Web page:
Follow Meteorologist D.J. Kayser on Twitter (@dkayserwx) or on Facebook (Meteorologist D.J. Kayser).
AAA projects that 46.9 million people will travel at least 50 miles from home over the upcoming Thanksgiving holiday, starting on Wednesday. That would be a 0.6% increase from last year. A storm system does look to impact travel in the western half of the nation as we head into Thanksgiving, with rain and snow possible.
We’ll continue to watch the winter storm we’ve been watching the past few days slowly move east, but that means snow will continue over parts of the Rockies back into Utah, Nevada, Idaho and the Sierra Nevadas. Heading into the late afternoon this snow will start to approach parts of the Dakotas and into Minnesota. Meanwhile, scattered showers – even a few storms – are possible from Texas northward to the U.P. of Michigan as moisture increases ahead of that storm system and a cool front. A mix of precipitation is possible across portions of the upper Midwest and the Central Plains.
On the temperature side, we’ll see below average highs out west with the dip in the jet stream. Highs in Seattle and Portland will only make it into the 40s, while parts of Montana will be kept in the teens. Ahead of the system is where the warmest weather is – with highs a good 5 to 15 degrees above average in the central portion of the country.
Thanksgiving – Thursday
The storm system continues to push east as we head into Thanksgiving, bringing a stripe of rain from Texas northward into Michigan and Wisconsin. Flooding rains will be possible across parts of Texas and Oklahoma from Dallas to Oklahoma City and Tulsa. On the back side, some snow is possible from the U.P. of Michigan south and east through parts of the upper Midwest into the Rockies. In between the two might be a ribbon of sleet or freezing rain.
As that system moves east, so do the cooler temperatures for Thanksgiving Day as 30s work their way into parts of the upper Midwest. We see a tight temperature gradient from Kansas northeast into Michigan – where highs across these states may range from the 30s to 60s. Ahead of the front, we’ll continue to see temperatures above average for this time of the year, especially stretching to the east coast. While highs in Maine will be in the 40s, that’s still a good 5-10 degrees above average.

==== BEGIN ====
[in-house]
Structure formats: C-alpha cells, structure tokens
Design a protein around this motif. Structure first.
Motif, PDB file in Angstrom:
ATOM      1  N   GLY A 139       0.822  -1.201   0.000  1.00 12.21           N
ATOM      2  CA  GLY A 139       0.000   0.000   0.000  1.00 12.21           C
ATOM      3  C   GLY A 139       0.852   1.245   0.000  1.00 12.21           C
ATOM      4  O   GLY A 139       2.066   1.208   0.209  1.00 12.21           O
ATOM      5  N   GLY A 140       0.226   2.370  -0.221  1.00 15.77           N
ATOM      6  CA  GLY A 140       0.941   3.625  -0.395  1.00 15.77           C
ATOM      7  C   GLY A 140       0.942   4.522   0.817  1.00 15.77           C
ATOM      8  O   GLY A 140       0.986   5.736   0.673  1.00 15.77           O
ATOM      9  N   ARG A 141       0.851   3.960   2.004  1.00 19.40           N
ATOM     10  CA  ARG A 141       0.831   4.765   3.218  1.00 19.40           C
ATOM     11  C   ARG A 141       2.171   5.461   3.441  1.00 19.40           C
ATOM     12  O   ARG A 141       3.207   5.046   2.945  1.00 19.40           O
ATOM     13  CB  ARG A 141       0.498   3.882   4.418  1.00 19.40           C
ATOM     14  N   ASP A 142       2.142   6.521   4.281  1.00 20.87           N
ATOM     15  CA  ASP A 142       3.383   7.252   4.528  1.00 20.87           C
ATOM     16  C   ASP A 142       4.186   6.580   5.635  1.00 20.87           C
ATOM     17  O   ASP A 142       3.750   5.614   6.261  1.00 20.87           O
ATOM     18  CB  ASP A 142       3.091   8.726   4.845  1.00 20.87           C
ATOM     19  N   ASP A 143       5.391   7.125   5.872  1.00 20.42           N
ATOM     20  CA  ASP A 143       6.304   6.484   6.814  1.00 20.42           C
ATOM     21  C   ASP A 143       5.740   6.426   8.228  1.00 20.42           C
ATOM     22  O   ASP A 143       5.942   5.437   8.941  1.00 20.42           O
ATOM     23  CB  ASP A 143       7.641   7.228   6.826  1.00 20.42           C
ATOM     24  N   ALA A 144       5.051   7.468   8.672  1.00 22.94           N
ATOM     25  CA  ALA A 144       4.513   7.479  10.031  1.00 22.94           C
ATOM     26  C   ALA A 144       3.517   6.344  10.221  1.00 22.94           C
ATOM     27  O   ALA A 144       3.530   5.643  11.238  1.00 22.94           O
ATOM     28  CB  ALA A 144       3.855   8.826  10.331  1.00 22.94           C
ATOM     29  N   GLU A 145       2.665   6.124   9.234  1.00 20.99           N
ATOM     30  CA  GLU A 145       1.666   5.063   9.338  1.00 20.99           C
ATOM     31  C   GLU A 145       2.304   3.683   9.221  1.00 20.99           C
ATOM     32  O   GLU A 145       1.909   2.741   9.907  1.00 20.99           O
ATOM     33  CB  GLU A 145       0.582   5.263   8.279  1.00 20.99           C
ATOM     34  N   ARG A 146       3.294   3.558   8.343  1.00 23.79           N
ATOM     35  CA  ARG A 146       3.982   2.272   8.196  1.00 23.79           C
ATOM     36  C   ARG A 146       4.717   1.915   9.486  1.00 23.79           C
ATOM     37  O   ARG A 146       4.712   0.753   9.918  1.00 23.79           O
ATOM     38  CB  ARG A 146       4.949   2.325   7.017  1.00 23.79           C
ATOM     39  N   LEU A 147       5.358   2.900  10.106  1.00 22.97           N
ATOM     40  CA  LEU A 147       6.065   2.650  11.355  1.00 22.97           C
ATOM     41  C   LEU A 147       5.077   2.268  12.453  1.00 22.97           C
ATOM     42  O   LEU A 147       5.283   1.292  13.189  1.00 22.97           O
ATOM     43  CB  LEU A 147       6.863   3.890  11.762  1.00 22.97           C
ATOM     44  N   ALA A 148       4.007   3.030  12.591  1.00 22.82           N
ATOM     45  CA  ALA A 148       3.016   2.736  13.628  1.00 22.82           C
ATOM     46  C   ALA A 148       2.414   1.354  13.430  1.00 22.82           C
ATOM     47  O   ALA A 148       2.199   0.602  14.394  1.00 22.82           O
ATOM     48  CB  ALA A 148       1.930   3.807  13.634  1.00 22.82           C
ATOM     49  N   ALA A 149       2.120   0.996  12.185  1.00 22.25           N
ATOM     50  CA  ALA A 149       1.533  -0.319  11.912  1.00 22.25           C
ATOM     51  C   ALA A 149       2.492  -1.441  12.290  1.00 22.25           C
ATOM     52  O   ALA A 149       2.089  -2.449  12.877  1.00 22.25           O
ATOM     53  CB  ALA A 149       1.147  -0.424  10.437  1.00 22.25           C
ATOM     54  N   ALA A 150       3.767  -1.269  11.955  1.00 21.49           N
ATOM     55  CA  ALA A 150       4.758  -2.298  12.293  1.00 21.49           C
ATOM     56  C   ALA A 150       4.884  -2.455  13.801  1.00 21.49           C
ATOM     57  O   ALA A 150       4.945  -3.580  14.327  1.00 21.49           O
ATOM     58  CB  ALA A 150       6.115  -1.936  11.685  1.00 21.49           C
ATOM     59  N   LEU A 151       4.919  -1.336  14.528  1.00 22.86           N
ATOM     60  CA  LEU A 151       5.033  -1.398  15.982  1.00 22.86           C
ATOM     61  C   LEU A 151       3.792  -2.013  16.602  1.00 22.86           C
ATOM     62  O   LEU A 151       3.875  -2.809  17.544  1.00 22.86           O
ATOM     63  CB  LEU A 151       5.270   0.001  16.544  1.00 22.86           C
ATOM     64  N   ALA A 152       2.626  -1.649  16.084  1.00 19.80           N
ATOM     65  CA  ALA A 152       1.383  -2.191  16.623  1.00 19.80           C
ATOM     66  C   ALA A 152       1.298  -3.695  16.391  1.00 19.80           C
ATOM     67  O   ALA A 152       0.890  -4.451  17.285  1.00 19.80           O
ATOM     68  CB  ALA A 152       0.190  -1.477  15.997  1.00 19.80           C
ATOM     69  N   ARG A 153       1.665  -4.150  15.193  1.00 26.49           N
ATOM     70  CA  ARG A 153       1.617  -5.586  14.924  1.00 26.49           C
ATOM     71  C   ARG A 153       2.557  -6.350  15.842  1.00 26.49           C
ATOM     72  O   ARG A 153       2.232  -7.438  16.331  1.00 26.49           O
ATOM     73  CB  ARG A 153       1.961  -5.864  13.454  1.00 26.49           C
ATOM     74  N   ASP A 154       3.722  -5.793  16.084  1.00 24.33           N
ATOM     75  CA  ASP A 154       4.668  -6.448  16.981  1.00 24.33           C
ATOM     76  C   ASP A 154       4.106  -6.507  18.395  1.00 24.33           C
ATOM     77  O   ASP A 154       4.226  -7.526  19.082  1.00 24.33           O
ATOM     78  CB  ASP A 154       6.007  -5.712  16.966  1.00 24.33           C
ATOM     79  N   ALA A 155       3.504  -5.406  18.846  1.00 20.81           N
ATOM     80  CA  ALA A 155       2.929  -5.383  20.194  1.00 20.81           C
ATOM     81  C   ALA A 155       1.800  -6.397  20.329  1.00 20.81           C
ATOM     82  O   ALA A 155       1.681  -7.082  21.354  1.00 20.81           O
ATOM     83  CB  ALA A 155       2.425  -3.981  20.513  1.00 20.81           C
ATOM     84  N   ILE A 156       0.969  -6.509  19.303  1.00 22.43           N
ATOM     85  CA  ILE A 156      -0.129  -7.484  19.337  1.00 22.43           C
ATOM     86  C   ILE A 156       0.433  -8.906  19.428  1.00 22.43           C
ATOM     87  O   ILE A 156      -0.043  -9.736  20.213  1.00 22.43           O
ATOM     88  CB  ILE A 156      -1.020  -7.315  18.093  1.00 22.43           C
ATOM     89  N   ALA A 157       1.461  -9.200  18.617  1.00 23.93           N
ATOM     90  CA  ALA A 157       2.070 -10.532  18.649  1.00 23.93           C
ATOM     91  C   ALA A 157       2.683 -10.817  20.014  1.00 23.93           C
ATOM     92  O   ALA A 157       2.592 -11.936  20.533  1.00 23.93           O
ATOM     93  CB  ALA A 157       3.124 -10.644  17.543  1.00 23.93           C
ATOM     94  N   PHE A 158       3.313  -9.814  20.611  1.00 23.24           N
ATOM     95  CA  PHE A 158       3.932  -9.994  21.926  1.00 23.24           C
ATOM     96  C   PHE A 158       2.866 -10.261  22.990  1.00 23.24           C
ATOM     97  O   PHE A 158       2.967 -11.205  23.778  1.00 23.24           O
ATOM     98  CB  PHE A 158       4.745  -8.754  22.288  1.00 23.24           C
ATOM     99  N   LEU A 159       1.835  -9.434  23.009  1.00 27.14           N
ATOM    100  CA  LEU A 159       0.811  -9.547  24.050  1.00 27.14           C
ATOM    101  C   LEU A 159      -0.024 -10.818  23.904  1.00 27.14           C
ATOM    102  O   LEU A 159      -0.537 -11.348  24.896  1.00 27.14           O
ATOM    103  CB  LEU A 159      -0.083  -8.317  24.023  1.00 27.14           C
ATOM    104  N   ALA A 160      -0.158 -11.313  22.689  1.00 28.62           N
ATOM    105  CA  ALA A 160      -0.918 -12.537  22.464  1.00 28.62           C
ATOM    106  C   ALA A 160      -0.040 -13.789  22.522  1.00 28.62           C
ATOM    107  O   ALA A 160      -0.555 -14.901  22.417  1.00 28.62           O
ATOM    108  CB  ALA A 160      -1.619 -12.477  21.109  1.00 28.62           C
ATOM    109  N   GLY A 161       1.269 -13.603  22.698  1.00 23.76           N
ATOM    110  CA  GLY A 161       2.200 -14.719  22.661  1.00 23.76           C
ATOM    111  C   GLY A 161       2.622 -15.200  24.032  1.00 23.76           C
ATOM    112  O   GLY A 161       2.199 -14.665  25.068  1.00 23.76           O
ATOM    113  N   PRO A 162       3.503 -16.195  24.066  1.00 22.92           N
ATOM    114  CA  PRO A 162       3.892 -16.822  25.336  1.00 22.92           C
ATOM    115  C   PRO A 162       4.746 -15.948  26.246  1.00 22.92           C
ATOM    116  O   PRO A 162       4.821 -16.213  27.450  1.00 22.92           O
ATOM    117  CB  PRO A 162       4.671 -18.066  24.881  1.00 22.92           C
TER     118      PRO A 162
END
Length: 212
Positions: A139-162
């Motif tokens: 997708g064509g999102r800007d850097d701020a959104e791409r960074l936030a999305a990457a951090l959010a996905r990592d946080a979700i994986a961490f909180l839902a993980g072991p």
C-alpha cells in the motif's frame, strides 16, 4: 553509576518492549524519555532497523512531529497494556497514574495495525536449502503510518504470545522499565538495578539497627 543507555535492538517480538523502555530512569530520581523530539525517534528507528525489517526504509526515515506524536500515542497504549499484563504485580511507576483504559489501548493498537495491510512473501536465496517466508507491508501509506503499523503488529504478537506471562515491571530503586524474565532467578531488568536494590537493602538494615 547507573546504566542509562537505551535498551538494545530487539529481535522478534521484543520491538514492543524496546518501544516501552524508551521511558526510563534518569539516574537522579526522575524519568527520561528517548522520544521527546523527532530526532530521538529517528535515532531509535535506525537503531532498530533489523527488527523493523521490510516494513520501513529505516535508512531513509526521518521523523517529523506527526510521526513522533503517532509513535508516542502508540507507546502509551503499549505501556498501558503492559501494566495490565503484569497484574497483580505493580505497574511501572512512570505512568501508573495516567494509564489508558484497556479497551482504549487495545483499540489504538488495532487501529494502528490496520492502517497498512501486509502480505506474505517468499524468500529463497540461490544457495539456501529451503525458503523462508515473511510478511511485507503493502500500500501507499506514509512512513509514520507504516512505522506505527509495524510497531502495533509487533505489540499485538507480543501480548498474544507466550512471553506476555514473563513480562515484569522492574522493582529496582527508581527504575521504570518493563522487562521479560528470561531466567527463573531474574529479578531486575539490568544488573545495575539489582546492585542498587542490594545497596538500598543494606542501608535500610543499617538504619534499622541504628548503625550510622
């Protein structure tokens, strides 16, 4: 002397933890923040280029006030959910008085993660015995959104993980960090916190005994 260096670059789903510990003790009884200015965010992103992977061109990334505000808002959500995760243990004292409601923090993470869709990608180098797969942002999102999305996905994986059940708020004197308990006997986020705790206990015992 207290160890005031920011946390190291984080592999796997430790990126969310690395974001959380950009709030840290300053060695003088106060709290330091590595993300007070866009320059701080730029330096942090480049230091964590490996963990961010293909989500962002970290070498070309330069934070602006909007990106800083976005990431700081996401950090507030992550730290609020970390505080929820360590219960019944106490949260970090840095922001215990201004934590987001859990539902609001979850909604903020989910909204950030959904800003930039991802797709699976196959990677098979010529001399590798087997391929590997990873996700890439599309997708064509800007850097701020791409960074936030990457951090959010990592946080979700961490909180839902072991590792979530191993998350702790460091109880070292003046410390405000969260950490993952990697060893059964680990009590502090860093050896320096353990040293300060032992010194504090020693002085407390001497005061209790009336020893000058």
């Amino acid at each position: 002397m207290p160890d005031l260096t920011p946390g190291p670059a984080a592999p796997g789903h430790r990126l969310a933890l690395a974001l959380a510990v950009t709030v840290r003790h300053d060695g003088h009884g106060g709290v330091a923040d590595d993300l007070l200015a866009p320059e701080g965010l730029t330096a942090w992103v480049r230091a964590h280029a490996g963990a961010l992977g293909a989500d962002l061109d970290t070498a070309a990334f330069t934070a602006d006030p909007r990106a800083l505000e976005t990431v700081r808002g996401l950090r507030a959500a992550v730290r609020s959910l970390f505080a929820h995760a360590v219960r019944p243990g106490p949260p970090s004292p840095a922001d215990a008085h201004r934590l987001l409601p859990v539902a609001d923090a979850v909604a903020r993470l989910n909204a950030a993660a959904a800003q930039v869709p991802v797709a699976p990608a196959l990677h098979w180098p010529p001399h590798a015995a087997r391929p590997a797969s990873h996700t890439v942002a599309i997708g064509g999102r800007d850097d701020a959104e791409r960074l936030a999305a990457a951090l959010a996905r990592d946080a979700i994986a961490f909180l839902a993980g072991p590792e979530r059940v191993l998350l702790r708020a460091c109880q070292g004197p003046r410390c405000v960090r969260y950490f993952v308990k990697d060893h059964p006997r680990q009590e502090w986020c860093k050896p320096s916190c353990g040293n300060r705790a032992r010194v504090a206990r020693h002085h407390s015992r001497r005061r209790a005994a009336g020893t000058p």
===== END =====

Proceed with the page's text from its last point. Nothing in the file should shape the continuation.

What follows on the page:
Black Friday – Friday
Rain continues today from the southern Plains through the Ohio Valley and into parts of New England for those heading out on Black Friday. Snow is possible in parts of Wisconsin, Michigan and back into Colorado as well as northern New England. We might still have to watch the potential of some icy conditions in parts of Kansas into the Texas panhandle.
Meanwhile, a good chuck of the western two-thirds of the country will see temperature below average for Black Friday – the only warm spots of the country in the eastern third and into parts of southern Texas where temperatures could be a good 15 degrees above average in spots.
The heaviest of the rain over the next five days will be from the southern Plains into parts of Wisconsin and Michigan, where rainfall totals could be over two inches. Some totals from Texas to Oklahoma could exceed five inches. Again, flooding rains are possible across portions of Texas and Oklahoma on Thanksgiving Day.
The heaviest snow over the next few days will be out in the west, where some six inch or greater totals are possible in higher elevations. As the system works out into the Plains, a stripe of a few inches of snow is possible Thanksgiving Day into Black Friday in parts of South Dakota, Minnesota, Wisconsin and Michigan.
From all of us at AerisWeather, we wish you a Happy Thanksgiving!
(CHECK OUT YOUR FORECAST: wx.aerisweather.com)
– Meteorologist D.J. Kayser